Tag: Elder Scrolls
Well, the official trailer is here and from what we can tell: expanded vampire gameplay, crossbows (first time in an Elder Scrolls game officially since Morrowind!) and DAT SKELETAL HORSE. There’s a whole bunch of stuff from the Skyrim Game Jam that is getting included in this DLC and TAKE MY DAMN MONEY ALREADY BETHESDA SOFTWORKS.
I’m such a sucker.
Oh, and for the Xbox fanbois, you can take your 30 days exclusivity. I’ll take the moddability and superior graphics on my PC any day.
Well, first DLC has been announced, Dawnguard. This picture is all you get, by the way. Come on, Bethesda, not even a little screen captured tease?
Gotta admit, nice picture.
I don’t know about you, but I really want that Mud Crab DLC.
In all seriousness though, some of the stuff should have been in the game at release. Like mounted combat? Probably one of the top items on Oblivion veterans’ wishlists. Spears, missing since Morrowind. That improved water shader.
That said though, just package the best of that shit up as a DLC and I’ll be first in line, like the hopeless Elder Scrolls fanboi I am.
Update: SkyEdit has not been updated since early 2012. I wouldn’t recommend it over the official Creation Kit now.
It’s almost the end of January and still no sign of the Creation Kit (maybe the 31st). For users who must start modding, the unofficial alternative SkyEdit is your answer. Still in the early development stages, but 0.05 has been pretty stable for me.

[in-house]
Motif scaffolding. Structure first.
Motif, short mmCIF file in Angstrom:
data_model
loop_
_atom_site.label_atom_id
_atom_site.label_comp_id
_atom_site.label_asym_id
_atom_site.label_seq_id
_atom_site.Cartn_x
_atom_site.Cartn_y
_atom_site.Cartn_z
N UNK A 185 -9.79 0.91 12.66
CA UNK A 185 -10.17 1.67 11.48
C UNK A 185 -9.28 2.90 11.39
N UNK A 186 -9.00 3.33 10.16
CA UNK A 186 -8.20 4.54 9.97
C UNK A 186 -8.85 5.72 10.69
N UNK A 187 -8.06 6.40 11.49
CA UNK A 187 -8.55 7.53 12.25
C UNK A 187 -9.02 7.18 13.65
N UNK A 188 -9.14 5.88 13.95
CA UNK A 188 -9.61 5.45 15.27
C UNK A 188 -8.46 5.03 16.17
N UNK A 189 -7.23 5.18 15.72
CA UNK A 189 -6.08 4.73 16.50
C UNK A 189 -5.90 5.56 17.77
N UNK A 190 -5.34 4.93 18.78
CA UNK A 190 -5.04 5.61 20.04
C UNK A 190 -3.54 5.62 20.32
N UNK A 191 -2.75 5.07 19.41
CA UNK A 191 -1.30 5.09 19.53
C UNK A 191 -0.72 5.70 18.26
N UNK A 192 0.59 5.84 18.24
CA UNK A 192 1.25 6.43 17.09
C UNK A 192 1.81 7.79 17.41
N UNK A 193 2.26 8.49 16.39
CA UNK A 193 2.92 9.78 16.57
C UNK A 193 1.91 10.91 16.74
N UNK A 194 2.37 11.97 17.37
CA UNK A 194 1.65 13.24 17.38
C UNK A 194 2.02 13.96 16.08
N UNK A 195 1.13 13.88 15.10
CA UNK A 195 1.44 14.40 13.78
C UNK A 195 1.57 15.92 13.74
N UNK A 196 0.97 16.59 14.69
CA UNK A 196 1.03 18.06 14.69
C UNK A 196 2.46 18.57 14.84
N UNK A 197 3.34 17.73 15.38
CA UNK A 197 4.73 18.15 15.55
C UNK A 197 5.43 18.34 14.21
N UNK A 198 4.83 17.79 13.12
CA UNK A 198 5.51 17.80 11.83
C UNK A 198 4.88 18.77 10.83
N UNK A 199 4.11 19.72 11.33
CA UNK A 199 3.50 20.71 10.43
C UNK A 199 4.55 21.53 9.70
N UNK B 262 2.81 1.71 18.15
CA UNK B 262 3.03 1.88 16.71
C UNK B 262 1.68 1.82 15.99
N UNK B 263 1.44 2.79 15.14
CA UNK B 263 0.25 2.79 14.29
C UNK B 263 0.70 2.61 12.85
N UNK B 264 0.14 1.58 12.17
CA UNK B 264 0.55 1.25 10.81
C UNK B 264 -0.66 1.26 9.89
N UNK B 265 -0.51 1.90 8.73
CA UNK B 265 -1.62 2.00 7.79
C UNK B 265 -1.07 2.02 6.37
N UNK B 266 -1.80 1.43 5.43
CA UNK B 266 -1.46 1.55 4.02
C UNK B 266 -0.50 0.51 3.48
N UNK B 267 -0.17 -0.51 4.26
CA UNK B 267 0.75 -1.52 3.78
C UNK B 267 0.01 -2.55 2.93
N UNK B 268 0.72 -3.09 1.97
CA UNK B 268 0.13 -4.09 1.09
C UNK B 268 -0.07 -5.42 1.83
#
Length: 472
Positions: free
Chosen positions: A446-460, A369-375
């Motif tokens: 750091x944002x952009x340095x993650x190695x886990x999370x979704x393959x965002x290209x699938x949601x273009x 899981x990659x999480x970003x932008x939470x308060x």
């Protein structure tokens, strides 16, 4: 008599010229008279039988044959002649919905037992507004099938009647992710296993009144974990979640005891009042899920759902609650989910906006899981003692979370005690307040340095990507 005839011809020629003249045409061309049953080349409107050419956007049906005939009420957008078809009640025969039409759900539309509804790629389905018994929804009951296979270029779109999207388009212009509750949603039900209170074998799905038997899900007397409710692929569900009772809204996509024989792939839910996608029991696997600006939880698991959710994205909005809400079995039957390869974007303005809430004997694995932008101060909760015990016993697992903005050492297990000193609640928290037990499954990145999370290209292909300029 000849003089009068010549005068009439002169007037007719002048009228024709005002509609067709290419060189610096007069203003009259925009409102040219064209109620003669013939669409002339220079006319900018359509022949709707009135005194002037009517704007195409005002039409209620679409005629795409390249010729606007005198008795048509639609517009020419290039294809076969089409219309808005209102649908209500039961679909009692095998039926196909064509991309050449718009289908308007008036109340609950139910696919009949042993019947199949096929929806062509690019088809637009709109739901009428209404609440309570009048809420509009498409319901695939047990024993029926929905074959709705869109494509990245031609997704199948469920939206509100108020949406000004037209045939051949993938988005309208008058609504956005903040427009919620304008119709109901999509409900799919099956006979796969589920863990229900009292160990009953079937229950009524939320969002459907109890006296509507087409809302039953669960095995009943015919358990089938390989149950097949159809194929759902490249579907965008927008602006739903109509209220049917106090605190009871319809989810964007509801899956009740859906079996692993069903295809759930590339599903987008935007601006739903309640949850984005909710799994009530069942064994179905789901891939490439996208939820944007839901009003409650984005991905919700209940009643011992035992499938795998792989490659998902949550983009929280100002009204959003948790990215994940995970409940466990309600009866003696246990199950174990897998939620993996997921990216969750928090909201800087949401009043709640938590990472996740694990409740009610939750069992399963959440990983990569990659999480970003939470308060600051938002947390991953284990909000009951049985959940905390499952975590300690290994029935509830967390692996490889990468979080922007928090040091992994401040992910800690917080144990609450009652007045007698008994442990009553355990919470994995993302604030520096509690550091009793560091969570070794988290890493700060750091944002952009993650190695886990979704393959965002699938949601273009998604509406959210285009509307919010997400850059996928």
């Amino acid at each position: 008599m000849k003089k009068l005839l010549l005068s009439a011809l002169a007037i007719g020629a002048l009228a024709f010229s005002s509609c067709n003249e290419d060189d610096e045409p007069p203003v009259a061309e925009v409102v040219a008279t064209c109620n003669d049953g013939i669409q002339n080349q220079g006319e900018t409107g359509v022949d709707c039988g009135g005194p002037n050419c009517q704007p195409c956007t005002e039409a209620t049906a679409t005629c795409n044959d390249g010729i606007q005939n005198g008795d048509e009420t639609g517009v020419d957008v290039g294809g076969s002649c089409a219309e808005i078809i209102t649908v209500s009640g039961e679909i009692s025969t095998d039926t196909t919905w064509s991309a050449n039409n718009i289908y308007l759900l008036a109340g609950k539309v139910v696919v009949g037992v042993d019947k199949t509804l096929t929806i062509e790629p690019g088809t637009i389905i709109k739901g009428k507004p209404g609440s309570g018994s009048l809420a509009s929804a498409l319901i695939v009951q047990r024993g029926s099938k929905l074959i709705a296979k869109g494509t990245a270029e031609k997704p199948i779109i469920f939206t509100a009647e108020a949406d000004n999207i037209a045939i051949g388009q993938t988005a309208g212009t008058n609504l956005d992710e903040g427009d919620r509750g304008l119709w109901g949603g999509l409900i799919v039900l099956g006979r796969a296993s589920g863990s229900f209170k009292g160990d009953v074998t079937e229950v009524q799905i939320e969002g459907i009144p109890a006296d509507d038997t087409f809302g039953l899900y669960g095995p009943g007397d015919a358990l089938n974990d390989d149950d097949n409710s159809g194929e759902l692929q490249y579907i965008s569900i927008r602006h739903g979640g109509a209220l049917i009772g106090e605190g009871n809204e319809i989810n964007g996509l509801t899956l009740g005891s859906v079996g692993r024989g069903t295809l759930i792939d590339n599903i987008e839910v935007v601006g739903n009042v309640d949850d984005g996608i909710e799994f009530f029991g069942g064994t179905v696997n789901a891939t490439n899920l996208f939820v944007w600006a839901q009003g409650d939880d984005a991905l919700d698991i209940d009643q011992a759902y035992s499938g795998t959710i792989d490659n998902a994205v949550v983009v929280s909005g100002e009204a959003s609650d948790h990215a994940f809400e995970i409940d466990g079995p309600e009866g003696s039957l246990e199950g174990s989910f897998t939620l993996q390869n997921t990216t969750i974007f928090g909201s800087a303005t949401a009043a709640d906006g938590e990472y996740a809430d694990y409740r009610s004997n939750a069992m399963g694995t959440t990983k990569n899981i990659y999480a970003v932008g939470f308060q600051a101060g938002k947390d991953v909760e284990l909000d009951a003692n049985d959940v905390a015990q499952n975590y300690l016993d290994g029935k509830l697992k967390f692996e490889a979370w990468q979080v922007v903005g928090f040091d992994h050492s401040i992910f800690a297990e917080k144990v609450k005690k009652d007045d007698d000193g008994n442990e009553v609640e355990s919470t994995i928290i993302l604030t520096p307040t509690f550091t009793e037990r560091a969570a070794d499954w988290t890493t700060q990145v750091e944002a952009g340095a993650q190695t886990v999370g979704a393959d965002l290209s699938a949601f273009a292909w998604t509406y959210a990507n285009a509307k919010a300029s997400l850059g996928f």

Looks like it’ll be ready soon according to a new blog post.
Actually, what’s more exciting is the 1.4 update. Two things jump out:
- Improved compiler optimization settings (PC)
- Long term play optimizations for memory and performance (PS3)
Can it be? Will TESVAL and SkyBoost be made obsolete? I certainly hope so! And credit to BethSoft for paying attention to the modding community and correcting (thus implicitly admitting to) their mistakes.
As for the PS3 fix, well, good for my long suffering PS3 Skyrim brethren, but it should never have been a problem in the first place in that there’s only One True Way™ to play the game: on a PC, modded out.
Also, quest fixes, finally.
The Elder Scrolls games are the most user moddable PC games series since the release of Morrowind largely thanks to the excellent editors as well as the by now well documented file formats. Admittedly, they usually need to be since there are bugs as well as other game play issues even after the final patches.
Even though the Skyrim editor (Creation Kit) has not been released publicly, there are already numerous mods available. Most of them are texture mods which do not require the Creation Kit, but there is already a significant number of modders using third party tools to produce mod files.
With the imminent release of the Creation Kit (some time in January 2012), I thought I’d just list some of the mods I have been using.
First off, you’ll probably want the main stays of any serious PC Elder Scrolls player, Nexus Mod Manager (NMM), Wrye Bash and BOSS. NMM is meant to be the successor of OBMM, is closely integrated with the Nexus Network and can manage Obivion, Skyrim, Fallout 3 and Fallout: New Vegas. I prefer the UI of OBMM, but the integration with the Nexus Network is excellent. Wrye Bash is a complex tool, but is well worth learning and will be essential when juggling any significant number of mods. BOSS manages your load order automatically.